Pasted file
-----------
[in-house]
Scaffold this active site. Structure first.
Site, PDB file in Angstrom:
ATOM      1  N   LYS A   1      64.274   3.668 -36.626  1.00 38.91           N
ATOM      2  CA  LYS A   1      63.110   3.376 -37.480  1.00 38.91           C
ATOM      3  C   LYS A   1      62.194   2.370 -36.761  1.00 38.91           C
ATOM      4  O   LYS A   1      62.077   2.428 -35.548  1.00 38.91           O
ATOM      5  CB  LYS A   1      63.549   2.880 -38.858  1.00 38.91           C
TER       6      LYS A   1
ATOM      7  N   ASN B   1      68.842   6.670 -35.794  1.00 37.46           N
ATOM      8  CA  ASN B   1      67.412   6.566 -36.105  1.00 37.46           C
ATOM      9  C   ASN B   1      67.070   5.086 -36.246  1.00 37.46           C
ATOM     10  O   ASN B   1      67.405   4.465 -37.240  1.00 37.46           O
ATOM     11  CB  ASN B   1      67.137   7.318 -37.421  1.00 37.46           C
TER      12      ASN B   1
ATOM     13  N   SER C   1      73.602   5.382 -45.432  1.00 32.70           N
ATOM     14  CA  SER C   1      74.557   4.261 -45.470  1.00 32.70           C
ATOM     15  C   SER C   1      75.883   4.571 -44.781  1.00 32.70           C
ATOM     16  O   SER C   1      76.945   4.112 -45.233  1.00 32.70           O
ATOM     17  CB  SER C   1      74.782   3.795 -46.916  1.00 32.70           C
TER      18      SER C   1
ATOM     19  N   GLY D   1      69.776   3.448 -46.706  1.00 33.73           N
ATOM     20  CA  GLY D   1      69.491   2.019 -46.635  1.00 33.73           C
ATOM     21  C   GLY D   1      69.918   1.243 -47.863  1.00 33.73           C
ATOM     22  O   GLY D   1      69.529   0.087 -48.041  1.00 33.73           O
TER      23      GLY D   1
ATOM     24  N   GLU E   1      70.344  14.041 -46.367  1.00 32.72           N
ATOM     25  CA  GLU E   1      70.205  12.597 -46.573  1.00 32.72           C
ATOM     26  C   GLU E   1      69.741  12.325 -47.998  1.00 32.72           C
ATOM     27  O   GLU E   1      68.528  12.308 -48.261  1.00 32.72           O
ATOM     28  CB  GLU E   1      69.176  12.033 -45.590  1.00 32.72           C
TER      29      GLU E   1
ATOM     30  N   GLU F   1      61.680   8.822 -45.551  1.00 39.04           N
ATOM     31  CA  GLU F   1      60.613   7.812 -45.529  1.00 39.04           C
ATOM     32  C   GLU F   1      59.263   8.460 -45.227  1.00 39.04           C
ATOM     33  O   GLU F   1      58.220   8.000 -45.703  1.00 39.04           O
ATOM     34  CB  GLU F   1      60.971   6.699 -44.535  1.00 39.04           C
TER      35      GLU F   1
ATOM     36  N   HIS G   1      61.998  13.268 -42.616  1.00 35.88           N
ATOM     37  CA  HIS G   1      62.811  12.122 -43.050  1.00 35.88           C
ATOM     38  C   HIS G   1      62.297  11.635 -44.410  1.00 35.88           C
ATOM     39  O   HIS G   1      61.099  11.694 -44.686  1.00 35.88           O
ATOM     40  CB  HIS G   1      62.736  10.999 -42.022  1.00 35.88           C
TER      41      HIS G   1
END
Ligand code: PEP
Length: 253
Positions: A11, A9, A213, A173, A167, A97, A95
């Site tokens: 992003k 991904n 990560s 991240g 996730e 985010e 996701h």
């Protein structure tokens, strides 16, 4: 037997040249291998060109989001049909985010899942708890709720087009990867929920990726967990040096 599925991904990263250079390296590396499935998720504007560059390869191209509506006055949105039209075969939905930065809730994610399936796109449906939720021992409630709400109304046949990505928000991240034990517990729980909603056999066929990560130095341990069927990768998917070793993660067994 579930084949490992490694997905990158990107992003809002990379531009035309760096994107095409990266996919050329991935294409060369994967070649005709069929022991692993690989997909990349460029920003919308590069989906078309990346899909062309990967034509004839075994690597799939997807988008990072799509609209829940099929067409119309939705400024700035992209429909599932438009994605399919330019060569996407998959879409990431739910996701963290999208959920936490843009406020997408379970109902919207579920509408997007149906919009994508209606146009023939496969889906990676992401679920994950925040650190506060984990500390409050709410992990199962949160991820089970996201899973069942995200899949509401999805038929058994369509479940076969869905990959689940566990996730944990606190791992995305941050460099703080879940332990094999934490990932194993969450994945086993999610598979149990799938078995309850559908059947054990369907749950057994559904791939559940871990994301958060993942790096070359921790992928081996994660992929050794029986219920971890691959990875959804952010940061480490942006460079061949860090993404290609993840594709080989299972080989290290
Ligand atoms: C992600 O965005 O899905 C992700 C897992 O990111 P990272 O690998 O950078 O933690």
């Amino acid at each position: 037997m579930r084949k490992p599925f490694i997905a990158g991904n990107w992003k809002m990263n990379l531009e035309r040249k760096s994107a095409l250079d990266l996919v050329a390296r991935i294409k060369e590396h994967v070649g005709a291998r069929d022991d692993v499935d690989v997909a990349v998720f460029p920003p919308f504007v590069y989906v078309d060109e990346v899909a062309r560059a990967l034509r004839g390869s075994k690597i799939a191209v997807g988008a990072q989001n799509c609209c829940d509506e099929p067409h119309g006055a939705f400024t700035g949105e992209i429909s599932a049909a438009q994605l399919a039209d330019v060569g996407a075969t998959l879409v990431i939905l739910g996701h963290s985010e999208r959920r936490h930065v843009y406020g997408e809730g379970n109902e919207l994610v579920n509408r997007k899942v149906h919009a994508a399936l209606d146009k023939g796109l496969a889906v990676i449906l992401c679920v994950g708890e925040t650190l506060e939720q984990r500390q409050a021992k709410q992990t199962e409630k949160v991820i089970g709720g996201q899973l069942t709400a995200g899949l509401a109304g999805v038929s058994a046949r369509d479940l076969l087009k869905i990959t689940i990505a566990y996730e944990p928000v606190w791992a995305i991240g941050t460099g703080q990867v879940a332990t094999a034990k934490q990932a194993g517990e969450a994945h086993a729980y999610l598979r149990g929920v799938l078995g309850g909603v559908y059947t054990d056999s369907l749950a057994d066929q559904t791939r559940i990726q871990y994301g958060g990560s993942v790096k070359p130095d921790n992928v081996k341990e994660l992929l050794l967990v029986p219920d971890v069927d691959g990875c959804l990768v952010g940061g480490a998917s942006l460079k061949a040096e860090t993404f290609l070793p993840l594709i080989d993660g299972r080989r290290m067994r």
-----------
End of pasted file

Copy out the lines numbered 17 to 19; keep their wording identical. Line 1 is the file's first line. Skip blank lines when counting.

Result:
ATOM     14  CA  SER C   1      74.557   4.261 -45.470  1.00 32.70           C
ATOM     15  C   SER C   1      75.883   4.571 -44.781  1.00 32.70           C
ATOM     16  O   SER C   1      76.945   4.112 -45.233  1.00 32.70           O